Jesus. Get off the cross. You’re embarrassing me!
A friend of mine lived in the country. He had kids and they were growing up and one of his daughters got involved in ranching. Raising cattle. She was just getting started in this work and she was put in charge of moving a herd of cattle.
She asked her father to help because he was an experienced rider and he was also a veterinarian. And he was her Dad.
Moving the herd happened in the dark of night, just before dawn. A dozen or so riders had instructions from this young woman and the move began. They walked or trotted their horses by the edge of the herd to keep them together and going at a speed they could control.
My friend’s horse was trotting along fine, then tripped and flung my friend down a slope onto his back. He called out for help and a couple of riders came by. He was trying to tell if he was hurt, and his daughter rode up.
She leaned down from her horse and scolded him in a whisper. “Dad. Get up. You’re embarrassing me!”
I love that story. That girl had so much on her mind and wanted this job to go well so badly that when her father got thrown from his horse she could only think about how it would affect the job.
When St Peter heard Jesus say that He would be killed for what He was doing, Peter said, “No!”. In one way Peter said, “Be quiet, Jesus, You’re embarrassing me.” Peter was saying “I want things to go this way: more success, bigger crowds. Don’t talk of failure.”
What do we do when things go wrong? What do we do when there’s pain? How about when suffering goes from short term to long term? God wants us to deal with suffering. It’s a part of life. When we think we can control our lives, we make sure suffering is not part of it. Suffering makes us look bad. It ruins our image. It feels awful.
What do we do?
Elisabeth Kübler-Ross was a psychologist who worked with dying people. She came up with an understanding of how people cope with having an illness that will probably end in death. Death is the biggest way of all that things go wrong. Most of us see it as the worst thing that will happen. The biggest embarrassment.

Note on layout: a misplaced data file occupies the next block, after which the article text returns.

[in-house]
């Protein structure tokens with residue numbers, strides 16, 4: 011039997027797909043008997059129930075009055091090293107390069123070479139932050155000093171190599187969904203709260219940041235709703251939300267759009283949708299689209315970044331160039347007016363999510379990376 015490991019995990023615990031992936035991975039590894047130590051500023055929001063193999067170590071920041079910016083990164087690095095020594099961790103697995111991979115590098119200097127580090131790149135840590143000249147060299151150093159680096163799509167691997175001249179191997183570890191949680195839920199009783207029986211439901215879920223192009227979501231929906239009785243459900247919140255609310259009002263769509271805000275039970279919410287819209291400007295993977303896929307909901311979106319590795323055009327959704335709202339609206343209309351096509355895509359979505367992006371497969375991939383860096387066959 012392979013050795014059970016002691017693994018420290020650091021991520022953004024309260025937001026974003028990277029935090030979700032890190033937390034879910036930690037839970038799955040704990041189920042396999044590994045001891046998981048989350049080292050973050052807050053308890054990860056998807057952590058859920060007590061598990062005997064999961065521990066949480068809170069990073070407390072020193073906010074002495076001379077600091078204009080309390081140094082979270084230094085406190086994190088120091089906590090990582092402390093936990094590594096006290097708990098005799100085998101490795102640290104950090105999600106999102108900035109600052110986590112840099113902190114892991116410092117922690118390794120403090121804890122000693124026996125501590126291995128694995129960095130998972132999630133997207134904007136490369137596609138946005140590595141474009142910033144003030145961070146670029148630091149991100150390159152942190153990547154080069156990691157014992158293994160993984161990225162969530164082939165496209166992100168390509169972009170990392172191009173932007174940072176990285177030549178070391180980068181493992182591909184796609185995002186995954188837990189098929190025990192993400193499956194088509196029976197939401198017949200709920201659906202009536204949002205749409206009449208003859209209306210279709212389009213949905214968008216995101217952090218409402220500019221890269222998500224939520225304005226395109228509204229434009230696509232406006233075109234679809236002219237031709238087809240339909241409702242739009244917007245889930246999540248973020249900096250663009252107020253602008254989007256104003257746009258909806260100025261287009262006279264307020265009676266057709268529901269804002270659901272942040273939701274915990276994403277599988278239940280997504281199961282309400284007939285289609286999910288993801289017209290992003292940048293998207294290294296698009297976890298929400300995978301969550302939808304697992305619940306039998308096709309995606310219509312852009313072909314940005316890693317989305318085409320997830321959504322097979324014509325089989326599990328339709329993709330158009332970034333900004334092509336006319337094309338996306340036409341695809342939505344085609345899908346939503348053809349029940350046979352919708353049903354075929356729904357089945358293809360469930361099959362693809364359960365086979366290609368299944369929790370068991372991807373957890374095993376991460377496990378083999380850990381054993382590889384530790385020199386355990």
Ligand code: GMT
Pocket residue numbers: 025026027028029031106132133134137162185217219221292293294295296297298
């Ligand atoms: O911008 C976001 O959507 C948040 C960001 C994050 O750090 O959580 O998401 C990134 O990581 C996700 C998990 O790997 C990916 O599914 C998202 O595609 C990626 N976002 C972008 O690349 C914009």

There are five stages people go through when things go terribly wrong. To keep this short, I will say only the first and the last. The first is denial. “No! This is not happening!” The last one is acceptance. As Jesus put it, “Not My will, Father, but Yours be done.”
Any time things go wrong we can bet our first reaction is “No!”. If we are believers, if we pray, and ask for help, that begins to change. We’ll get to “Your will, not mine be done.”
There’s a reason to accept suffering, any kind. Some day we’ll have to accept death. In the mean time we have to accept things like where we were born, how we were treated as children, what we look like, the traffic is, our jobs, our health, you name it.
What do we see when we look in the mirror? Do we see our failures? Blemishes? The ways we’re not good enough?
What do we feel when we enter a room full of people? Unworthy? That we have to hide who we are or what we did? That our jobs aren’t good enough or our kids aren’t bright enough or our bank accounts aren’t big enough?
If we feel that kind of embarrassment about ourselves, we try to hide. Or we look for something to cover it. Some pleasure. Some fantasy. We drink, we spend, we judge others. Anything to make us feel less embarrassed about who we are.
These things that deny the pain, that distract or cover over our unhappiness actually do work. The world is filled with ways of denying reality. They do take away the pain.
What they don’t do — what they cannot do — is heal us. Denial never heals. Never. It only conceals.
God wants healing for us. Healing comes with acceptance. Healing comes when we accept reality as it is, not as we’d like it to be. As soon as I can accept my life as it is, I find freedom. The things I was afraid of lose power.
We all can spend a lot of time and energy covering up our embarrassment. We hope people will like us, and include us and respect us.
Hasn’t that been what some people in the Church did when the sins of priests were reported? Deny. Hide. Don’t families do the same with the things they don’t want known? Businesses? Yup. Everybody does it.
There’s a saying in Italian: “bella figura”. It means “beautiful face”. When we put the preservation of the beautiful face above the truth, we lie. We deny. “Dad, you’re embarrassing me.”
There was nothing beautiful about Jesus on the cross. Nothing. Horrible to look at. Horrible, but three days later, He rose. He filled the world with glory. It’s the glory that comes from acceptance. From trust and honesty.
When we face reality instead of denying it, we pass through suffering into freedom. At first the truth embarrasses us. Then it sets us free.
Via Fr. Bill Murphy